While undeniably contemporaries of seminal '90s Seattle groups like Alice in Chains, Mudhoney and Nirvana, TAD diverged from their peers. While the term "grunge" served as a pitifully poor catch-all for the not-quite-metal and not-quite-punk sounds coming out of the city at the time, the flannel-flying oddball quartet of Kurt Danielson, Steve Wied, Gary Thorstensen and Tad Doyle started out wanting to make the ugliest music they could, albeit imbued with an insular sense of humor. For their transgressive approach, TAD were beloved by their peers, playing and touring alongside them all over the world as their modest city rose in stature as the new model for rock’s future. [more inside]
"In this excerpt from Keith Cameron's new biography Mudhoney: The Sound and the Fury from Seattle, spanning the end of grunge's golden era (Fall 1993 to Fall 1994), we have Mudhoney opening area tours first for Nirvana and then Pearl Jam - the latter of which is shattered by Kurt Cobain's suicide - and joining Vedder & co. for a tour of the White House, during which President Bill Clinton meets with Eddie Vedder to discuss whether or not he should address the nation about Cobain's suicide."
Songs from Pearl Jam's 1991 debut album Ten, stripped of all but Eddie Vedder's vocals: Once. Even Flow. Alive. Black. Jeremy. Oceans. Release. Apart from highlighting Vedder's unique voice, phrasing and harmonzing, these vocal mixes expose some interesting studio effects applied to his voice (on 'Even Flow', for example).
To kick off the celebration of Sub Pop Records 25th anniversary, Mudhoney played a live set on top of the Space Needle today. Performance begins at about 21:00. [more inside]
KEXP 90.3 FM is a Seattle, WA-based radio station, officially "a service of University of Washington," but it's more complex than that. The first University of Washington radio station started broadcasting in 1952. Five decades, a few station organizational shifts, plus three call letter and frequency changes later, KEXP was (re)born in 2001. Along the way, the station spread the sound of 1990s Seattle indie rock, started streaming "CD quality" MP3 audio of their broadcast in 2000, and they have an ever-growing collection of recordings of live in-station performances, including over 2,000 videos on YouTube. [more inside]
The first time they came and recorded with me—which was January 23, 1988—they didn't have a band name, and they just had a borrowed drummer, which was Dale from the Melvins. But, yeah, they came and recorded 10 songs with me in one afternoon. I was left going "God, who are these people?" The cassettes I gave out just said "Kurt Cobain and Company" on them, because that's all I knew. - Recording Nirvana Before They Were Nirvana. As Nirvanas first albulm hits 20 years old, with Sub Pop prepare to release a remastered anniversary edition, the Seattle Weekly takes a look back at the album that launched grunge.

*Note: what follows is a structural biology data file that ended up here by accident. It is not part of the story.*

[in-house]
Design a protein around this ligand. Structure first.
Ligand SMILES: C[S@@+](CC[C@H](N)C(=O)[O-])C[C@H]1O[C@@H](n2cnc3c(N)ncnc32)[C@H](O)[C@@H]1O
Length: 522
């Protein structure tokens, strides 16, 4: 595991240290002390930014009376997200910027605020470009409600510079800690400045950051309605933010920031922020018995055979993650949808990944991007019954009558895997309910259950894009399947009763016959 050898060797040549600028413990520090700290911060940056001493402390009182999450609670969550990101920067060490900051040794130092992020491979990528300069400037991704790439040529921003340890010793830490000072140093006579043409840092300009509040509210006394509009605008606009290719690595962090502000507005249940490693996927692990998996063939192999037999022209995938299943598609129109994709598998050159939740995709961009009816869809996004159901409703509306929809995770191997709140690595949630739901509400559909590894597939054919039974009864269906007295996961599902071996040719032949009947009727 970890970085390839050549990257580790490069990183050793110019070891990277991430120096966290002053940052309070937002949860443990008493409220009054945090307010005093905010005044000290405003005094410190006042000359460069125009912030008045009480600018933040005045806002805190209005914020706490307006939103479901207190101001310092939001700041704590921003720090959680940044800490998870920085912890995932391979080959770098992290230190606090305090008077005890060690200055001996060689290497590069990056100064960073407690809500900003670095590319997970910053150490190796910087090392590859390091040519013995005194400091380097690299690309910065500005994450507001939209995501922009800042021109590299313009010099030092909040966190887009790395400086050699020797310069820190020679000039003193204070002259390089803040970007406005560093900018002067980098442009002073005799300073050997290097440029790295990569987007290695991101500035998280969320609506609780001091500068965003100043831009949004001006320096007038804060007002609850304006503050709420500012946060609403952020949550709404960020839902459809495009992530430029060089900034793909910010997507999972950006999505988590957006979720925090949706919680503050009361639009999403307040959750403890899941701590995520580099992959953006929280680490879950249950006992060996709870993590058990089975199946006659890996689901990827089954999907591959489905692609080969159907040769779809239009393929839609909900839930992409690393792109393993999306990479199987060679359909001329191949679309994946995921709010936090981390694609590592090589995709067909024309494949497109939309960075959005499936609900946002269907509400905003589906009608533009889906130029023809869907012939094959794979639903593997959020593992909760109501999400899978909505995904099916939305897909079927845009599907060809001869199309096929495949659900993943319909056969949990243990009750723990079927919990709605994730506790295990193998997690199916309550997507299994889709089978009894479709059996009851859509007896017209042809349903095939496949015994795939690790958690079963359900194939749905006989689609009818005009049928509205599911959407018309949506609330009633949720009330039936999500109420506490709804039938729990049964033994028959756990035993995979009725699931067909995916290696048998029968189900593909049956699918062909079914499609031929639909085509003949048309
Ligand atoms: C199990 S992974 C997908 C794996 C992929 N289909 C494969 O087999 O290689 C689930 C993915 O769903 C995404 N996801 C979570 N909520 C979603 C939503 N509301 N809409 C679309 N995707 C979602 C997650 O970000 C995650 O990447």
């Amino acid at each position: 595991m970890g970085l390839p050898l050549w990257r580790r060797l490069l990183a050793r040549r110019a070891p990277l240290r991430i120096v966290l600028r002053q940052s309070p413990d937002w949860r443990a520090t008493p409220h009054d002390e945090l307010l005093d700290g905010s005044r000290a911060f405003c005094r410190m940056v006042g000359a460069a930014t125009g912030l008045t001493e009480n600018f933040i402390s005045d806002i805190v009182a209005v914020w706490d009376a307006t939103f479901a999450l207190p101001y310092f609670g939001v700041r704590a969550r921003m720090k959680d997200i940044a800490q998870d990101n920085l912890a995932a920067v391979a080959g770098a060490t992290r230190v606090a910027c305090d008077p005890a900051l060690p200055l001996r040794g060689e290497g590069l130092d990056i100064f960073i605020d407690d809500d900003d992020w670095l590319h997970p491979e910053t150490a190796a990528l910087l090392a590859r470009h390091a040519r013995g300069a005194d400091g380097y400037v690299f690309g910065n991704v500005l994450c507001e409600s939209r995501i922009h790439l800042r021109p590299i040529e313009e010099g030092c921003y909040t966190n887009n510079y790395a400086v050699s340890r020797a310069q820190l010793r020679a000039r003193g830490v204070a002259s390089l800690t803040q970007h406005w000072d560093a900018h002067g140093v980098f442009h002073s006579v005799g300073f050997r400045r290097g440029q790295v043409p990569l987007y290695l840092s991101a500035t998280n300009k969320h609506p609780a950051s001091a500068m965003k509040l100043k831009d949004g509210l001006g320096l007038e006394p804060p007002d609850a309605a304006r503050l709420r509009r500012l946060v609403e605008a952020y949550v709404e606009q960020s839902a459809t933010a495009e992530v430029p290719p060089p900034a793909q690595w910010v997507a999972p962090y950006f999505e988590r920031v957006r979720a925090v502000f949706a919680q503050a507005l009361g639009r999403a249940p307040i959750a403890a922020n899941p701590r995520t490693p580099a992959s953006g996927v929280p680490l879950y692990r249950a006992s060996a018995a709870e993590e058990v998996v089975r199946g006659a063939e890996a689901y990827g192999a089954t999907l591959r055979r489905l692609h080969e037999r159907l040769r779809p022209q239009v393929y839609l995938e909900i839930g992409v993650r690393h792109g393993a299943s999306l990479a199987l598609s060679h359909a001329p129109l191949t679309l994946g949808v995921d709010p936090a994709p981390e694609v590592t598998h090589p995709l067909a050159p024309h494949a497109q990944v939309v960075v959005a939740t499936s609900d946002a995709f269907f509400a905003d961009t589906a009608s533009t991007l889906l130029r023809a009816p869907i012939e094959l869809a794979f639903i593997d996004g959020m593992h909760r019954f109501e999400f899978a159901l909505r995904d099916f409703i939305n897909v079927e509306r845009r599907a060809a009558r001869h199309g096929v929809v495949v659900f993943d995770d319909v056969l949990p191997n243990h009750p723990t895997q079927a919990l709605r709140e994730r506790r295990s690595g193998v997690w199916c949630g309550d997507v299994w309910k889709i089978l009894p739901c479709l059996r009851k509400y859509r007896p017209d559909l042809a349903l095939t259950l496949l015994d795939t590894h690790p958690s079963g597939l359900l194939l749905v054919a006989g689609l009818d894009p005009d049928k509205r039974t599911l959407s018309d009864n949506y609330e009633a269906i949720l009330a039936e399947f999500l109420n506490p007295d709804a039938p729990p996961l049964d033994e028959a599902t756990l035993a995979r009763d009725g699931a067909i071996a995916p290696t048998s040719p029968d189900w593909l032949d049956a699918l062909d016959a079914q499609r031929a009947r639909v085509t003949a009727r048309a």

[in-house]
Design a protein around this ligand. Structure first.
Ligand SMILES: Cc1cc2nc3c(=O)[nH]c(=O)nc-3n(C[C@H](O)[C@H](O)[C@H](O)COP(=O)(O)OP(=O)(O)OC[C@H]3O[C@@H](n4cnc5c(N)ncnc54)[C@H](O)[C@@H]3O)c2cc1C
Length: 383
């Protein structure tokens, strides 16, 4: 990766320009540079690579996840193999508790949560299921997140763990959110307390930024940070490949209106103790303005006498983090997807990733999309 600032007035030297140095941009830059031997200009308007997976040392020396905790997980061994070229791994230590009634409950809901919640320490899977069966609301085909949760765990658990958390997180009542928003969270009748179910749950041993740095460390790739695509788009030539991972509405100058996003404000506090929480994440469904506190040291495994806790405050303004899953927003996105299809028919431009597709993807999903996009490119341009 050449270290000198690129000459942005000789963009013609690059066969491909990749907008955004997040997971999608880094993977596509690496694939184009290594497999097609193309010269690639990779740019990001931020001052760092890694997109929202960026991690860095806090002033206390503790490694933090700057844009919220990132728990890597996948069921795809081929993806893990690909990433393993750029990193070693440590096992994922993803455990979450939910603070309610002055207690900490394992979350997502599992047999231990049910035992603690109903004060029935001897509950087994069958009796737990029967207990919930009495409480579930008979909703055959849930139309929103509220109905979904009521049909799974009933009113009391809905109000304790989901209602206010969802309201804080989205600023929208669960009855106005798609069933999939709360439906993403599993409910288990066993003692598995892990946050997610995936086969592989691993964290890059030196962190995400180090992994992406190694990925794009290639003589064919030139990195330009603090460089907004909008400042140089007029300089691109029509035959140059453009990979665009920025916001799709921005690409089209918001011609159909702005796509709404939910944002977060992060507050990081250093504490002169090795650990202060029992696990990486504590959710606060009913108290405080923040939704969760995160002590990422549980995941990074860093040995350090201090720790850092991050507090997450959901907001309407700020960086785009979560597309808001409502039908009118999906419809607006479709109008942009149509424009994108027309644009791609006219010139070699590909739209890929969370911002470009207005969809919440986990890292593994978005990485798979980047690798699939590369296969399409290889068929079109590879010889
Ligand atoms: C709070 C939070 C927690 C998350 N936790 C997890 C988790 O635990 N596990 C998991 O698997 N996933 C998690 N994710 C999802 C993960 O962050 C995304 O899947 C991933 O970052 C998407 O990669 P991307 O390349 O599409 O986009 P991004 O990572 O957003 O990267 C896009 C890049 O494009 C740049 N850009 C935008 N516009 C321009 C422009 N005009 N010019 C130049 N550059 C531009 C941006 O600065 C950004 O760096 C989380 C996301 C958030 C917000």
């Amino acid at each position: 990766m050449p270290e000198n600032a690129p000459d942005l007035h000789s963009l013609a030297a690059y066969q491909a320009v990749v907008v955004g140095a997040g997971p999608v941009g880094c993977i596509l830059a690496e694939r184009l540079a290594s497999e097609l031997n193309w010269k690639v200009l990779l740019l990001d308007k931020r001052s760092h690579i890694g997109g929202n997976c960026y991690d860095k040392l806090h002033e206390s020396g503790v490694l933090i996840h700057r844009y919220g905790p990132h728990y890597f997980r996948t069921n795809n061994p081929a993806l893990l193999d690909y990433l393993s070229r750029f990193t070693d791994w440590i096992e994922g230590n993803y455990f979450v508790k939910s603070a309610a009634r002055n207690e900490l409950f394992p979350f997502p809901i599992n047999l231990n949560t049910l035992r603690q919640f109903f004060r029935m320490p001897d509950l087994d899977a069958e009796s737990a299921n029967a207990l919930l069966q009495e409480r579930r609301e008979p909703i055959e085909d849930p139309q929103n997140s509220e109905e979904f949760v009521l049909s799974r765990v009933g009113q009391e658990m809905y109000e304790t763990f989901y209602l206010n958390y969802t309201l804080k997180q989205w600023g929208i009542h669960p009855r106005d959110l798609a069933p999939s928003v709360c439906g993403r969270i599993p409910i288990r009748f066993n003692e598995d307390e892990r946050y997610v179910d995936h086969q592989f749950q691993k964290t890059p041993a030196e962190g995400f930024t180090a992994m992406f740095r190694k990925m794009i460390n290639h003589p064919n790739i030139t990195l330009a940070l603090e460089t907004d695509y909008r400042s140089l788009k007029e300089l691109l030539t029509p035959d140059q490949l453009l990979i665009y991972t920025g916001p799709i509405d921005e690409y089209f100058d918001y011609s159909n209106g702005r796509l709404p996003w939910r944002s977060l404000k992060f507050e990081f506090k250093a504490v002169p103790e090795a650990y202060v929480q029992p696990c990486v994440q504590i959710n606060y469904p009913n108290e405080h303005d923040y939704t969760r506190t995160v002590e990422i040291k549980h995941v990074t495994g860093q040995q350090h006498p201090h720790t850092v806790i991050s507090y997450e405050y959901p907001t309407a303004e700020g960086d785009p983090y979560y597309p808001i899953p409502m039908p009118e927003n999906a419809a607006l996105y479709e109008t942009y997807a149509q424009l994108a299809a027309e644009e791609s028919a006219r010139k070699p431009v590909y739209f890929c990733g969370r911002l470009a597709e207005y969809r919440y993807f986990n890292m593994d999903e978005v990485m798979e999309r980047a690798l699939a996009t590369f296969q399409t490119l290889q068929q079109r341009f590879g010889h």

Amidst The Ghosts Of Its Fallen Figures: With the 20th anniversary of the Seattle scene's insurgence fast approaching, Exclaim! follows the timeline of Mark Lanegan, the scene's poetic misfit. [more inside]
Matt Cameron gained a lot of respect early on in the Seattle grunge scene, particularly for his ability to make odd time signatures feel like straight time. Over the years he kept time for Soundgarden, Smashing Pumpkins, Temple of the Dog, and his own Wellwater Conspiracy. Since 1998 he's played with the last men standing of the Seattle heavyweights, though it's a little known fact that he recorded drums on the original pre-Vedder demo. In the 8 years between, Pearl Jam had a few other drummers of note sit in. [more inside]
The Sub Pop Singles Club began in 1988 with the release of Nirvana's Love Buzz single, and continued to offer subscribers new singles from popular and up-and-coming grunge bands for five years. In 1998 the label briefly resurrected the club, ultimately ending it three years ago. Featured bands ranged from the popular to the obscure. Earlier this year, the complete collection of singles was put for sale on ebay, cementing its status as a collector's item and making a generation of music geeks feel old.
Touch Me I'm Sick. Photographer Charles Peterson helped America see grunge from the inside out. His dramatic black-and-white images portrayed the energy of the music being performed in crowded basements and dingy dive bars featuring such bands as Nirvana, Mudhoney, Pearl Jam, Soundgarden, Hole, Black Flag, Fugazi, and Sonic Youth, among others. "Touch Me I’m Sick: Rock ‘n’ Roll Photographs by Charles Peterson" will be on view at the Chrysler Museum of Art through May 1. More inside.
Ten years gone. The unifinished story of Kurt Cobain. Hard to believe that it's been ten years since the unwelcome news was broadcast. As a Cobain contemporary/gen X'er/Seattle musican in the 90s, my own heart is still broken.
"In late January 1994, Cobain, Novoselic, and Grohl entered Bob Lang's studio in Seattle for their final recording session. Following a long jam, they captured this powerful tune in one take, including the gut-wrenching vocal -- a spooky, ambient intro of echoed harmonics and a fractured guitar solo." --Jim DeRogatis
Alice in Chains' lead singer dead at 34. Apparently he died several days ago and was just discovered last night. Identity was confirmed today. No cause of death is known yet.